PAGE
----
2SC4910 Transistor Substitute?

Discussion in 'General Electronics Chat' started by Frakk, Jul 6, 2009.

  1. Frakk

    Thread Starter Active Member

    Jul 6, 2009
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    I think I blew a 2sc4910 output transistor made by sanyo in my rc transmitter. My friend left the antenna collapsed and it probably overheated from the missmatch. Is there a way I could test or measure the trans if it is really blown without taking it out of the pcb?

    It is AM 75MHz and in the specs sheet of the tx says 150mA for current draw. I cannot find any retailers for this transistor so if it is blown, I have to find a replacement that will work. My question is, what specs are the most important for these transistors and what to look for when choosing a substitude? I've seen simple FM circuits with BC547 and 2N3904 finals above 75mhz, will these work in my transmitter? Any suggestions?

    2sc4910 datasheet:
    http://www.datasheetcatalog.org/datasheet/sanyo/ds_pdf_e/2SC4910.pdf

    Thanks a lot!
     
  2. beenthere

    Retired Moderator

    Apr 20, 2004
    15,815
    282
    Your transistor runs 150 ma in the base for 1.2 amp in the collector. A 2N3904 would vanish in a puff of smoke.

    This is a specialized transistor that includes an emitter ballast resistor in the package - looks like TO-220 without the tab. Could be interesting to replace. You could try a parametric search.

    Have you tried to transmit yet? If the transistor is toast, it's not too likely that more harm will be done. Just applying power and seeing if the transistor heats should tell you something.

    If you want to check it, do so out of circuit. The B-E junction will check funny because of the ballast resistor.
     
  3. Frakk

    Thread Starter Active Member

    Jul 6, 2009
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    Thanks for the reply!

    The 150mA I was referring to is the total current drain of the transmitter with 195.0Mw output power. I think this transistor is way overhead of what is needed. It is a 2ch JR XR2 pistol tx.

    I tried to transmit but it's not working. Could be the receiver too, but I don't think so. The transistor is not heating up and I don't measure anywhere near 150mA from the battery either, which is why I suspect it's the transistor.

    What is the purpose of the ballast resistor? Any chance with a transistor that can handle the 75Mhz?
     
  4. beenthere

    Retired Moderator

    Apr 20, 2004
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    Without the schematic, it's just guesswork. Perhaps someone who is more familiar with this transmitter will chime in.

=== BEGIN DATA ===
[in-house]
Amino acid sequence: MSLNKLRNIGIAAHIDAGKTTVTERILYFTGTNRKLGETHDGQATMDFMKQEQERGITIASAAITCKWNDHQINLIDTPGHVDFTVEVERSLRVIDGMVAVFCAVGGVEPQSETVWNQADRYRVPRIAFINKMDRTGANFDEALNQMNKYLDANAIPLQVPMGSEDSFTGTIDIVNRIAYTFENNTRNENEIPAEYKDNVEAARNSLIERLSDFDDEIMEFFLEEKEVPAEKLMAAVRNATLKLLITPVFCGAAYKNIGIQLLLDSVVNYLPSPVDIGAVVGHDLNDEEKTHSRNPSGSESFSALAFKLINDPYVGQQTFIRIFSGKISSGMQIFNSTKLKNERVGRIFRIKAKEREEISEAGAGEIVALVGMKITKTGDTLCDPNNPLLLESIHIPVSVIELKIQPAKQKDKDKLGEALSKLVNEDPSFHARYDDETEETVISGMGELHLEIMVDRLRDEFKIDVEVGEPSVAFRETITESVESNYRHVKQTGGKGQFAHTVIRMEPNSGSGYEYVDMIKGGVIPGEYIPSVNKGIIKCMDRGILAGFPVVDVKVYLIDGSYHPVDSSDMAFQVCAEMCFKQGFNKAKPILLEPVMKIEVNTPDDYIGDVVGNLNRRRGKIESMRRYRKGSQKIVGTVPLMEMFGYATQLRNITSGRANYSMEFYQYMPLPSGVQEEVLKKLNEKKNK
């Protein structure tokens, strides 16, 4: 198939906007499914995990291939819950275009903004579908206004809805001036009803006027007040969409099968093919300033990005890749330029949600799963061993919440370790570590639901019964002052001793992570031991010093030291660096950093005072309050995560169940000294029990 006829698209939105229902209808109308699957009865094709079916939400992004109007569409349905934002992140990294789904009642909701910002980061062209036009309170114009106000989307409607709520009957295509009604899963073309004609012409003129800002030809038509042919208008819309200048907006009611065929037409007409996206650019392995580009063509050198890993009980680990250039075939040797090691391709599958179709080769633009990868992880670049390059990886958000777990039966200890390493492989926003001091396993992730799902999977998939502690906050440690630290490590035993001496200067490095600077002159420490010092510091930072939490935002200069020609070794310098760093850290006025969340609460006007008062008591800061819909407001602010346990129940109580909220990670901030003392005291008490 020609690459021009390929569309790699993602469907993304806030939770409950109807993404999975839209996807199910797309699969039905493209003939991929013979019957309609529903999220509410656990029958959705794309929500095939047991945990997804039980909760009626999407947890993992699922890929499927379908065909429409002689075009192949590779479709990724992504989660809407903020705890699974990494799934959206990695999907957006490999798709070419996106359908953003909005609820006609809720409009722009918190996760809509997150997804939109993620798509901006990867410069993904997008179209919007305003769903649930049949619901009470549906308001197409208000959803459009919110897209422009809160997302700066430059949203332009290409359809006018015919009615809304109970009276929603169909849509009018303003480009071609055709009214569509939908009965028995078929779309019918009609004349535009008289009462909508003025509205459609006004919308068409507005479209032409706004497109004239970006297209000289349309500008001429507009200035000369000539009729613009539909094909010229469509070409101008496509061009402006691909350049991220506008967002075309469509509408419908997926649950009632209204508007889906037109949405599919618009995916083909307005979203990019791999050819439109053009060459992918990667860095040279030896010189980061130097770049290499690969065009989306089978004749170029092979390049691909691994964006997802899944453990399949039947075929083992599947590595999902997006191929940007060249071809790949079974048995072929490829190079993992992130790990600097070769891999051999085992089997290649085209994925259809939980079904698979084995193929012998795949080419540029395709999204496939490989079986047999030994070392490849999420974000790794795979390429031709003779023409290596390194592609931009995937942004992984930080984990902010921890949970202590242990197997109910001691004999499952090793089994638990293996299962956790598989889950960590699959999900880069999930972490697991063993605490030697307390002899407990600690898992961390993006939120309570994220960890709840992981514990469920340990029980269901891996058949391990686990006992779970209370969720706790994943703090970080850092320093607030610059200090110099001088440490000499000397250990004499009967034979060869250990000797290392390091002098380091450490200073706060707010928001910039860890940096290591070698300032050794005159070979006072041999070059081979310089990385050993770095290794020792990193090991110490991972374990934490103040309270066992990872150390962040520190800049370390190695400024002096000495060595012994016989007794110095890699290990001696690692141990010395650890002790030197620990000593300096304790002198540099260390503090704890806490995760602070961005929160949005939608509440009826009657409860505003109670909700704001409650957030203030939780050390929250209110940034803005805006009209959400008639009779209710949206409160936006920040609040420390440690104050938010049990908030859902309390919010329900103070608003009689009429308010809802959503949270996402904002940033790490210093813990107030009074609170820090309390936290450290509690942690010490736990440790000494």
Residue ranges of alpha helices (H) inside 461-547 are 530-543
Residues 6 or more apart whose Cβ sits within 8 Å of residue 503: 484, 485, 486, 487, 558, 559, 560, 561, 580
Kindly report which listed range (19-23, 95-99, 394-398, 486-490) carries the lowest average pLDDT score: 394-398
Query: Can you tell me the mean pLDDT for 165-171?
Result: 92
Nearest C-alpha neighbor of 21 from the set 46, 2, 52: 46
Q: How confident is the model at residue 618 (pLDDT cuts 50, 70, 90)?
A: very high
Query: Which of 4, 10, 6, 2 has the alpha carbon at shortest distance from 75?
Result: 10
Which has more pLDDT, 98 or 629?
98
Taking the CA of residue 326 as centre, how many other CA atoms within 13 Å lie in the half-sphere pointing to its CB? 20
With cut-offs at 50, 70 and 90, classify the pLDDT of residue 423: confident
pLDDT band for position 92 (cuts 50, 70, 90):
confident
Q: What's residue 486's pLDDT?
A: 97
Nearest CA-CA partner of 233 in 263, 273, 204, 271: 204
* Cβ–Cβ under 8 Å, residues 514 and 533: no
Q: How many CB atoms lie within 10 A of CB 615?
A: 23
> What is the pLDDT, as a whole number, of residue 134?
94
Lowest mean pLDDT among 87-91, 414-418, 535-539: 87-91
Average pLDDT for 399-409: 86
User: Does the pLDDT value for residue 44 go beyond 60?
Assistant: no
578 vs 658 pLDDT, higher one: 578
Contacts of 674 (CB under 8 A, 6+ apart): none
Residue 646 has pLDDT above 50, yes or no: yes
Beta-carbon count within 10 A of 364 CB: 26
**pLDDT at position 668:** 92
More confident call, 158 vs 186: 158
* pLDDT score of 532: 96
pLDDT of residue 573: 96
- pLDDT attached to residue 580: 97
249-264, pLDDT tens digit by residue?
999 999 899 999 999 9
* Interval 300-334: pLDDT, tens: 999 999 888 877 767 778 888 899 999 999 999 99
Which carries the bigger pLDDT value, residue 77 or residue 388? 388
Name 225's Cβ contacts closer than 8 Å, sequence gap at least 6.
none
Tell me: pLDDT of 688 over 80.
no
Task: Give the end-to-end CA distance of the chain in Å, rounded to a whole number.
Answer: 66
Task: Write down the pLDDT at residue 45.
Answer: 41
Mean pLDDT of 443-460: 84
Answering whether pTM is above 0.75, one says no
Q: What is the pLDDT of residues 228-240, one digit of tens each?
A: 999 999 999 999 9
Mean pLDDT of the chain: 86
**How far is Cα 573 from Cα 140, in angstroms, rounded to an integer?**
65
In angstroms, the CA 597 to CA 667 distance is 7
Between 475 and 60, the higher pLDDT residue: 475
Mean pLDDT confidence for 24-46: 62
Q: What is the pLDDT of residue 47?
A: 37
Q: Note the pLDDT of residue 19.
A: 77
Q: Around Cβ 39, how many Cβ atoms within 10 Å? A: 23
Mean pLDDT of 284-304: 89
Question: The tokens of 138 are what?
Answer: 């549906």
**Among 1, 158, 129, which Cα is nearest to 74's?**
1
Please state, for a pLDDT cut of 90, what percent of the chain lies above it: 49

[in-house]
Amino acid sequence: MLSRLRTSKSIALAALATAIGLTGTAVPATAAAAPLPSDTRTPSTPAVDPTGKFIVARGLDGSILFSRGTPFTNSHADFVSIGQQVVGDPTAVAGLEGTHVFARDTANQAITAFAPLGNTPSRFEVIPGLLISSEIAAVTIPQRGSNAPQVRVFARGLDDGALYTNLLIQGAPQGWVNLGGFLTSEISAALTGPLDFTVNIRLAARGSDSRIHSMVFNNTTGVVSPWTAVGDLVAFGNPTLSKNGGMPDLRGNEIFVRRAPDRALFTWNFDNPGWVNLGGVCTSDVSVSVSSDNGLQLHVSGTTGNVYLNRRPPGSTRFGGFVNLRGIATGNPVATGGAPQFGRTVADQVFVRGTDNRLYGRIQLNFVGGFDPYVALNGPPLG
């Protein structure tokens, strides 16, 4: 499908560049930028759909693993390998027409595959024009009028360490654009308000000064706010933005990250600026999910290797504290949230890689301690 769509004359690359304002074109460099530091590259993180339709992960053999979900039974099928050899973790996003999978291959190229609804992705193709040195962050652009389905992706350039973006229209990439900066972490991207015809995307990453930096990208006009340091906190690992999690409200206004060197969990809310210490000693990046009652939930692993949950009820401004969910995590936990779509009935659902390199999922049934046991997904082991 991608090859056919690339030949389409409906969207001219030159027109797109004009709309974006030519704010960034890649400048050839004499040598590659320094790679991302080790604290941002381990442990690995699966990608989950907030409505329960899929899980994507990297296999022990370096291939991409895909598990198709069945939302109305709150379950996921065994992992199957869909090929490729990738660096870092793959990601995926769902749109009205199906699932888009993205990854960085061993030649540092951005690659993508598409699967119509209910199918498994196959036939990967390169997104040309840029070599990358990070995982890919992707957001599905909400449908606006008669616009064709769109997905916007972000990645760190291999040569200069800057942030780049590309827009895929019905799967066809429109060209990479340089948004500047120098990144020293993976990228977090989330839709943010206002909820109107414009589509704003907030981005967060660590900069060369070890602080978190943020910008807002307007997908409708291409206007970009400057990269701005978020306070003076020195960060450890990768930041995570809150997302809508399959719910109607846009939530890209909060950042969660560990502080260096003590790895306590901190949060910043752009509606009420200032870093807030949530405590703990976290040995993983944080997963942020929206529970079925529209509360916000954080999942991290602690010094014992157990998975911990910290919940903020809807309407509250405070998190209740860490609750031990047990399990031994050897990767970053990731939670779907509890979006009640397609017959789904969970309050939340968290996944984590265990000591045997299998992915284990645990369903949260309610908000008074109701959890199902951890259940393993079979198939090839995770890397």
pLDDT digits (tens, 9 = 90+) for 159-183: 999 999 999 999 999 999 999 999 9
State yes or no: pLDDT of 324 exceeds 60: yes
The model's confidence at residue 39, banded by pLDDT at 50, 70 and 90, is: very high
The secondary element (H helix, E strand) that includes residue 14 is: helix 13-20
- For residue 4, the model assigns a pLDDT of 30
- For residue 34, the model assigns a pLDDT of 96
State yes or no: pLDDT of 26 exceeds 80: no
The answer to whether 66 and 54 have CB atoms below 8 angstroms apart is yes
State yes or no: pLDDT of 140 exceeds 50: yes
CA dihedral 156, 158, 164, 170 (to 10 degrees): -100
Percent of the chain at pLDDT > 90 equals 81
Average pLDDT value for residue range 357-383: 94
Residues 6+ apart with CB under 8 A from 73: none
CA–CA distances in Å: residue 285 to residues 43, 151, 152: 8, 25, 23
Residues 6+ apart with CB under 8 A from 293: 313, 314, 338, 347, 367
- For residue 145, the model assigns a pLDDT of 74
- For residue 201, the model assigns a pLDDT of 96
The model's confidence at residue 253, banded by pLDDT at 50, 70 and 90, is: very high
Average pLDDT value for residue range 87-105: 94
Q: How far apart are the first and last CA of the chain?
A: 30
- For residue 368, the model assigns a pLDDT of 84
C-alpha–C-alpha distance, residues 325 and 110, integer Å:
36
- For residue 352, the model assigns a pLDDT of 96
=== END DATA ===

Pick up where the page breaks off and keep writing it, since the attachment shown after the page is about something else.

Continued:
5. millwood

    Guest

    if you should at be able to see DC wise if the part is still working. measure Vbe and Ic and that will give you some rough idea.

    as to replacement, this looks like a fairly beefy part. But if your transmitter isn't tramitting lots of power, you can drop in a 2n5551 (.6w, 300mhz, 600ma). it should have no problem at 75mhz and is a penny each.
     
  6. Frakk

    Thread Starter Active Member

    Jul 6, 2009
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    A quick circuit inspection and measurements:
    Base is connected to ground by two paralell resistors and two parallel capacitors. It is also decoupled to collector by an other cap.
    Collector is connected to Vcc straight with a 2.2uH inductor. The antenna is connected to the collector through a matching network which leaves the modulation hooked up to the emmiter. Tough to track all the traces, but I'll try to make a schematic if it helps.

    Vcc and Vc: 9.71
    Ve: 0.54V
    Vb: 35mV
    Vce: 9.14
    Vbe: -0.51V

    Thank you for your help!
     
  7. millwood

    Guest

    the amp is reverse-biased, Vbe=-0.51v (this is a npn transistor). this by itself may not be a problem since most radio power amps are class C.

    your hope is that the prior stage will pull the emitter low enough for the transistor to conduct some of the times at least. But with the base at 35mv, that's unlikely.

    is there by any change the base has a bias scheme that is not working correctly now?
     
  8. Frakk

    Thread Starter Active Member

    Jul 6, 2009
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    I might have switched the orientation of the transistor. Looking at the datasheet it might just be that E is at 35mV and B is the one modulated with a 0.5V bias.

    The signal transmitted is a 1-2ms pulse about every 20ms per channel. A single MOD wire along with VCC and GND comes in from the digital circuitry to the RF stage. Is 0.5V at the base too low for biasing? I mean the baseband should be transmitted along with the pulses and the power amp is biased at cutoff. Am I measuring something wrong? I am familiar with analog audio AM signals but I'm not sure about digital RC signals.
     
  9. millwood

    Guest

    Frakk, that makes sense. I wouldn't worry about 0.5v Vbe: it like runs in class C so that makes sense.
     
  10. Frakk

    Thread Starter Active Member

    Jul 6, 2009
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    0
    In the morning I got the TX and RX working together. I took a quick measurement and Ve was changing around 1.5V and Vb was around 0.5V and a bit up. I came home from work, it still worked when I turned it on. I screwed the RF board back in the TX and it stopped working and remained so. This is strange. I will keep trying it but something is definetly wrong.
     
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